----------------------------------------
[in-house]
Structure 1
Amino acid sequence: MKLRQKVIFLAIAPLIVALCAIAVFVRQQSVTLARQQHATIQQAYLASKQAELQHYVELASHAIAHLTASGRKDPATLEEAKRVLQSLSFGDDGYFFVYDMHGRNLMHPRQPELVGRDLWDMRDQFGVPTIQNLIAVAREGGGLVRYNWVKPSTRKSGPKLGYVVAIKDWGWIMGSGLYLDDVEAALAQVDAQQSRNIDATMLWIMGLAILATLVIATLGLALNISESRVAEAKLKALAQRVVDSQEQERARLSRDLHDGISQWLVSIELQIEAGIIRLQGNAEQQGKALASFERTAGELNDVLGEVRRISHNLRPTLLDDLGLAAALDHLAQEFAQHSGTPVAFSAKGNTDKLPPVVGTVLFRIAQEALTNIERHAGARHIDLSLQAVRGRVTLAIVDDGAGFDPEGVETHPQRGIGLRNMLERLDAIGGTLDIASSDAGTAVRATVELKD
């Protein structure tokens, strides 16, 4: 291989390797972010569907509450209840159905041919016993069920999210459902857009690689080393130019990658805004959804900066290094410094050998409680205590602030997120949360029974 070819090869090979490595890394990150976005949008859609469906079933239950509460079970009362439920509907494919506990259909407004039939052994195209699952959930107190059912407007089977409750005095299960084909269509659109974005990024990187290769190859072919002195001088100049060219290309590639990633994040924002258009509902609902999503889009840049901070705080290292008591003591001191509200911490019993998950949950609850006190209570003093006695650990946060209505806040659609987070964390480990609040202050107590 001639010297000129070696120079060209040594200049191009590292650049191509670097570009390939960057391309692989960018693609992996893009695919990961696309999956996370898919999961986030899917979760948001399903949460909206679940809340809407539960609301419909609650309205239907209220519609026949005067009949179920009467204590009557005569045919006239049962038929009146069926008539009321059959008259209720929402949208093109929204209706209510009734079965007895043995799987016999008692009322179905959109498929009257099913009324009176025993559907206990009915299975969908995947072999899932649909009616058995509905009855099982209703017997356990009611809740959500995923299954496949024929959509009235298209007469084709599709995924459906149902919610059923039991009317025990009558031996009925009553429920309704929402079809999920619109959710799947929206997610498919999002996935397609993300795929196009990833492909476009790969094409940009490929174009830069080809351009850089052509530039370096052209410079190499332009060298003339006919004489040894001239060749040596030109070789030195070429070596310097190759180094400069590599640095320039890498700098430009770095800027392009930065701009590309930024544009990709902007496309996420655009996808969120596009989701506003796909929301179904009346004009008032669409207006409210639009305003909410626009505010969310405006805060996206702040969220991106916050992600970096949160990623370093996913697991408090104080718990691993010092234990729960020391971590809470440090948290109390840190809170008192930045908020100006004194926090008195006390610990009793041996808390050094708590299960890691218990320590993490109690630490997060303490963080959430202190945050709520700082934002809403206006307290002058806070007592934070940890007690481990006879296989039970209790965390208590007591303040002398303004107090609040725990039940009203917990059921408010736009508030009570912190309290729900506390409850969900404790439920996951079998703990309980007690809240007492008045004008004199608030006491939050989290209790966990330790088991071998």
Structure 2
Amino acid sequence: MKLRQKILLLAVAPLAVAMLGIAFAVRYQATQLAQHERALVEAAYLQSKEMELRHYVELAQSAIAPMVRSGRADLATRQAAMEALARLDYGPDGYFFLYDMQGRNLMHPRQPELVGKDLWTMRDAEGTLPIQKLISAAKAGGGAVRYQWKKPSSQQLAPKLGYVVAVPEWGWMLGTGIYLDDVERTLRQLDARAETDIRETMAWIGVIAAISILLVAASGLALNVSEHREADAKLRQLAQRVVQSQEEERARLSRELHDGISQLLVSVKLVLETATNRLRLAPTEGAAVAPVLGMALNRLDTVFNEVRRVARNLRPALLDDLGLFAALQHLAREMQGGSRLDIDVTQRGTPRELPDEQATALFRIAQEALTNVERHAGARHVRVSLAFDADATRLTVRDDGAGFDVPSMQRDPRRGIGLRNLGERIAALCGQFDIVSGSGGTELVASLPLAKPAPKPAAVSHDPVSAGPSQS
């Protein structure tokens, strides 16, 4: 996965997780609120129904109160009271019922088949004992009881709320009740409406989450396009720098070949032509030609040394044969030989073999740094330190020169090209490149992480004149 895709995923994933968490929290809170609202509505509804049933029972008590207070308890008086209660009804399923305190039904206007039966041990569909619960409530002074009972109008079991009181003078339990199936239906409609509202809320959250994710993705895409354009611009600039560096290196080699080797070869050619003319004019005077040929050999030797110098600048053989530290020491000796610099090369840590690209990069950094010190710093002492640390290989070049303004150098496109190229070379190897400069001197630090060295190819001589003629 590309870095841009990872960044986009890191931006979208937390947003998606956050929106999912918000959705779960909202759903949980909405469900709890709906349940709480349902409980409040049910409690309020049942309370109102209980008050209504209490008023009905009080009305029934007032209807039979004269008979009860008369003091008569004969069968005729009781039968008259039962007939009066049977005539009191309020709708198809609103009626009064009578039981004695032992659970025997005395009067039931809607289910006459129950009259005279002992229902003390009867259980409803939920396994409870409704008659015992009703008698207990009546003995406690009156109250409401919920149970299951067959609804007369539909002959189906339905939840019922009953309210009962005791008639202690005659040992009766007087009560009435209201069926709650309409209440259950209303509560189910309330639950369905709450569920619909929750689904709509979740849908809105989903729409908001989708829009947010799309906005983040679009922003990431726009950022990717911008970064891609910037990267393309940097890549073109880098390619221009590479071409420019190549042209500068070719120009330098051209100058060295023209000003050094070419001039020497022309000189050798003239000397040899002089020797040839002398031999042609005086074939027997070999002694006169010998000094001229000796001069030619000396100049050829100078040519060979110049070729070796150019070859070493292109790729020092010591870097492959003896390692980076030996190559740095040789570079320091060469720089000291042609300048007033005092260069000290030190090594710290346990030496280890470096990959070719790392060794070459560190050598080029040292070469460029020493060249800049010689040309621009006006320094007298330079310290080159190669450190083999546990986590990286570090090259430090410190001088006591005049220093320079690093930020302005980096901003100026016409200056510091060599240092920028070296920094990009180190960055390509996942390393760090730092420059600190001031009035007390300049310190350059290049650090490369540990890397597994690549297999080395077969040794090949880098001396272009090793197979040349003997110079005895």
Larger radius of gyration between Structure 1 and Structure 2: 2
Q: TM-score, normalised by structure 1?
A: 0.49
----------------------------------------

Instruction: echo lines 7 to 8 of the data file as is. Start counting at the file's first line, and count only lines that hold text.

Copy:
């Protein structure tokens, strides 16, 4: 996965997780609120129904109160009271019922088949004992009881709320009740409406989450396009720098070949032509030609040394044969030989073999740094330190020169090209490149992480004149 895709995923994933968490929290809170609202509505509804049933029972008590207070308890008086209660009804399923305190039904206007039966041990569909619960409530002074009972109008079991009181003078339990199936239906409609509202809320959250994710993705895409354009611009600039560096290196080699080797070869050619003319004019005077040929050999030797110098600048053989530290020491000796610099090369840590690209990069950094010190710093002492640390290989070049303004150098496109190229070379190897400069001197630090060295190819001589003629 590309870095841009990872960044986009890191931006979208937390947003998606956050929106999912918000959705779960909202759903949980909405469900709890709906349940709480349902409980409040049910409690309020049942309370109102209980008050209504209490008023009905009080009305029934007032209807039979004269008979009860008369003091008569004969069968005729009781039968008259039962007939009066049977005539009191309020709708198809609103009626009064009578039981004695032992659970025997005395009067039931809607289910006459129950009259005279002992229902003390009867259980409803939920396994409870409704008659015992009703008698207990009546003995406690009156109250409401919920149970299951067959609804007369539909002959189906339905939840019922009953309210009962005791008639202690005659040992009766007087009560009435209201069926709650309409209440259950209303509560189910309330639950369905709450569920619909929750689904709509979740849908809105989903729409908001989708829009947010799309906005983040679009922003990431726009950022990717911008970064891609910037990267393309940097890549073109880098390619221009590479071409420019190549042209500068070719120009330098051209100058060295023209000003050094070419001039020497022309000189050798003239000397040899002089020797040839002398031999042609005086074939027997070999002694006169010998000094001229000796001069030619000396100049050829100078040519060979110049070729070796150019070859070493292109790729020092010591870097492959003896390692980076030996190559740095040789570079320091060469720089000291042609300048007033005092260069000290030190090594710290346990030496280890470096990959070719790392060794070459560190050598080029040292070469460029020493060249800049010689040309621009006006320094007298330079310290080159190669450190083999546990986590990286570090090259430090410190001088006591005049220093320079690093930020302005980096901003100026016409200056510091060599240092920028070296920094990009180190960055390509996942390393760090730092420059600190001031009035007390300049310190350059290049650090490369540990890397597994690549297999080395077969040794090949880098001396272009090793197979040349003997110079005895």
Larger radius of gyration between Structure 1 and Structure 2: 2